Hydraulic fracturing, or fracking, has become an increasingly popular natural gas extraction method in recent years. However, emerging research suggests that patents surrounding the proprietary materials and processes employed by energy corporations may be inadvertently inhibiting industry-wide progress.
According to a new joint study from Pennsylvania State University and the University of Alberta, a majority of components contained within fracking operations are classified as trade secrets and thus withheld from third-party observation. However, business method patents describing how those proprietary systems and materials are applied may be more worrisome as they limit follow-on research that could improve the quality and safety of an invention.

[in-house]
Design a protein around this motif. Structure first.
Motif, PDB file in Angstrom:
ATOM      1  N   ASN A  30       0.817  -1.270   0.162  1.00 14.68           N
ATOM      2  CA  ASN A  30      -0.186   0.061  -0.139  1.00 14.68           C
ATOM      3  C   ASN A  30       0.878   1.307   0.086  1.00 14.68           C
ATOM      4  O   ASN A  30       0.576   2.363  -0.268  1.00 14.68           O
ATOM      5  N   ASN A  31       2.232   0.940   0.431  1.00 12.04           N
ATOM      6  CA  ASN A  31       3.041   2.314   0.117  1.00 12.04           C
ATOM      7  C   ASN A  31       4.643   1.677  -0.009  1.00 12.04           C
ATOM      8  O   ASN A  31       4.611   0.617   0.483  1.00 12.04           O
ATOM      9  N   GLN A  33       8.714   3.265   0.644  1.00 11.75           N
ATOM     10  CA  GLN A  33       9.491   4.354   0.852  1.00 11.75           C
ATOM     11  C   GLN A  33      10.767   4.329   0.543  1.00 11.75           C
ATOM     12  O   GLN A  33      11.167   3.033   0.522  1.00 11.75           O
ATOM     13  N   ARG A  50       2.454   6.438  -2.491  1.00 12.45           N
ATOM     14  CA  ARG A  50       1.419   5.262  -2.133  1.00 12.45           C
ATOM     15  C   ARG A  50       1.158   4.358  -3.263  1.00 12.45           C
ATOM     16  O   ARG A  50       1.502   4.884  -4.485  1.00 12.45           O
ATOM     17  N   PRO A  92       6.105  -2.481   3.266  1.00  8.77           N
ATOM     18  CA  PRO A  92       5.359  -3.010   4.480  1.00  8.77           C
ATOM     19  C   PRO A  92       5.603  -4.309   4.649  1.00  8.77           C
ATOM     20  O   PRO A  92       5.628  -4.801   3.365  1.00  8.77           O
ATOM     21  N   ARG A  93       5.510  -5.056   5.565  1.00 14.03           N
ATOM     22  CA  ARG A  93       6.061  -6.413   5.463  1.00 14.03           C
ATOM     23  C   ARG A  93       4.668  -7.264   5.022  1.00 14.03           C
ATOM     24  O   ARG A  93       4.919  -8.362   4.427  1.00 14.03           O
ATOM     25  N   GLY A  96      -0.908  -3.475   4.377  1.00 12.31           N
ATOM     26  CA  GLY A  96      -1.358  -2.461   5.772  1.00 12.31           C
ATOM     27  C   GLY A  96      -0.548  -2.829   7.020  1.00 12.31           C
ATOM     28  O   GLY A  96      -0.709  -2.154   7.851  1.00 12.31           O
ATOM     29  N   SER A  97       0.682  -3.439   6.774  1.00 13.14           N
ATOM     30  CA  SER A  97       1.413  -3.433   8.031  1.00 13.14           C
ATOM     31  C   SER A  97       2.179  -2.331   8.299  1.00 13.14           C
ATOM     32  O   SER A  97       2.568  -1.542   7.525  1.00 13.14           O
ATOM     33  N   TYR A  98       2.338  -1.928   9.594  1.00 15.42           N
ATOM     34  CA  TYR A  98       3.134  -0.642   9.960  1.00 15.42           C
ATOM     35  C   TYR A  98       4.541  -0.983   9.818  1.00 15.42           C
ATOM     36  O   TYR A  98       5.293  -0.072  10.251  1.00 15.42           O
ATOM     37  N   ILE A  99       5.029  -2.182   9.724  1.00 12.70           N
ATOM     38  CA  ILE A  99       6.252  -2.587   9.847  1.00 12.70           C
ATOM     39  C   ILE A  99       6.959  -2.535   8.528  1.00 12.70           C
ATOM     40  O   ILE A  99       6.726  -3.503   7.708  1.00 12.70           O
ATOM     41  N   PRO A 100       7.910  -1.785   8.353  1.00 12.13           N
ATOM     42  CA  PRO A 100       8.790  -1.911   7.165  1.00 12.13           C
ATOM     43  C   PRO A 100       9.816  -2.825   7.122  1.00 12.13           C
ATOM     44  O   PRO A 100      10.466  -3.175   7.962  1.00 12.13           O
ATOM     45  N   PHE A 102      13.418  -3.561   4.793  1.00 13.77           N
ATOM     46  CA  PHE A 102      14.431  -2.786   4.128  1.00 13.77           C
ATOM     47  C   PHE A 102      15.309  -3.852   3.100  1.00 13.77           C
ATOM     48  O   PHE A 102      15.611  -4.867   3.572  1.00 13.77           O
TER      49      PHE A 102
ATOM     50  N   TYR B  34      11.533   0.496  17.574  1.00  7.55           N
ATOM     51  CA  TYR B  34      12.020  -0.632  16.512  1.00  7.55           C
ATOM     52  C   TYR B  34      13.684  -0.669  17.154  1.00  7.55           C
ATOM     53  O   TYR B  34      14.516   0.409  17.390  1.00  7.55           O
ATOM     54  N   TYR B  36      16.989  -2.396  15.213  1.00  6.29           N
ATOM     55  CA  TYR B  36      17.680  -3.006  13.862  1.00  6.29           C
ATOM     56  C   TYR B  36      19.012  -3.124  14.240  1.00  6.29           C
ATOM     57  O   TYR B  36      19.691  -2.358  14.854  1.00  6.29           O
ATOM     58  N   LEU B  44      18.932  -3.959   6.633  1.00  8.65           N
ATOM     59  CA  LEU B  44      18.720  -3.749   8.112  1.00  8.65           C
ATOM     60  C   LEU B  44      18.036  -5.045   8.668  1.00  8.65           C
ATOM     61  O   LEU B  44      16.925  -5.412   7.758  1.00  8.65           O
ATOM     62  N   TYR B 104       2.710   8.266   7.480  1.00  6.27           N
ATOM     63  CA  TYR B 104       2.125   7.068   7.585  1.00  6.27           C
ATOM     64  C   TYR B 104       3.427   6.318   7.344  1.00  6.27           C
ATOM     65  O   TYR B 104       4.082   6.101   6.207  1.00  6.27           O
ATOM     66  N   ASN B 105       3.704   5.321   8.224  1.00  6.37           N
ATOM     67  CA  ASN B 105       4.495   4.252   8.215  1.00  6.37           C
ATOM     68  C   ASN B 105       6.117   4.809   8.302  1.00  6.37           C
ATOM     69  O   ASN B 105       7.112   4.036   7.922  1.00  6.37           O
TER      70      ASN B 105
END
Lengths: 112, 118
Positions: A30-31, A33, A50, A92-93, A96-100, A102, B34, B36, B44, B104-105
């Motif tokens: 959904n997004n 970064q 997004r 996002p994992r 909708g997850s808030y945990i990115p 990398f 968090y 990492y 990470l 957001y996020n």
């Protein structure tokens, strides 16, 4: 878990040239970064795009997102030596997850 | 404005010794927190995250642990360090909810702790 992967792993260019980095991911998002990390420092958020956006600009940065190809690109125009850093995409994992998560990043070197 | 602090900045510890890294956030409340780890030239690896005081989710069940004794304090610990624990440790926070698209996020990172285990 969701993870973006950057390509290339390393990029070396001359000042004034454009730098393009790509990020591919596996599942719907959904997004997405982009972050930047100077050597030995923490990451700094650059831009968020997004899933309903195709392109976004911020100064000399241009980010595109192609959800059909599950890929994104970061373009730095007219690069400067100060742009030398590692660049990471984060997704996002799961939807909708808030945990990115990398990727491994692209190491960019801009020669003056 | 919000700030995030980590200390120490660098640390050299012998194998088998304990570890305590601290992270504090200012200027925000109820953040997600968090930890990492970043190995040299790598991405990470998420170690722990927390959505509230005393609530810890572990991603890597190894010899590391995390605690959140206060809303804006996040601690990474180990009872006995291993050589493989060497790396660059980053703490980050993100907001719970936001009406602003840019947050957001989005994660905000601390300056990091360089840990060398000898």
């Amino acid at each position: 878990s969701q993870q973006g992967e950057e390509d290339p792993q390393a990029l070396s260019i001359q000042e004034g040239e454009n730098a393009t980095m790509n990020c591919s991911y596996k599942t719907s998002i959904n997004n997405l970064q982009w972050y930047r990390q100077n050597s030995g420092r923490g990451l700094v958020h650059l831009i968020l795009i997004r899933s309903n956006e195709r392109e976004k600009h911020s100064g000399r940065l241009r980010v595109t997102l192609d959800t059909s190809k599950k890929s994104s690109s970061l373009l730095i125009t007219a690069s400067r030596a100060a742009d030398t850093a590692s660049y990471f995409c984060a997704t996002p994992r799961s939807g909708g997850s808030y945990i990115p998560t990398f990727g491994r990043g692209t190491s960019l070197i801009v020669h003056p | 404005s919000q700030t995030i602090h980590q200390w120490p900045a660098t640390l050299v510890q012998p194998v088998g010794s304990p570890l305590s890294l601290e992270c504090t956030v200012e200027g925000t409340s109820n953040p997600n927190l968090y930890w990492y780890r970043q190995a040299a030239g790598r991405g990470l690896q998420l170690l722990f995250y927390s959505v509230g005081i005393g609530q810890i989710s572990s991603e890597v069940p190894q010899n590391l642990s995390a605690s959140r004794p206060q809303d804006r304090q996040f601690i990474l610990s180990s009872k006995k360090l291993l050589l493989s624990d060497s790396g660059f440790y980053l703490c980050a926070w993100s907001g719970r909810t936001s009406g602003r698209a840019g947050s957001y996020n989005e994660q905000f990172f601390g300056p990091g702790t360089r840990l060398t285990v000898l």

"Field and laboratory experimentation is necessary to fully capture how the exploitation of shale gases impacts the environment," the report stated. "Normally, third parties such as [non-governmental organizations] and universities would be able to fill this information gap by conducting experiments, but patents may play a new and surprising role in limiting this important source of information production."
Researchers concluded that the rate of patent activity related to fracking far surpassed that of separate natural gas extraction techniques. Moreover, the spike observed over the last decade suggests that this may be a conscious area of focus in today's industrial operating strategies.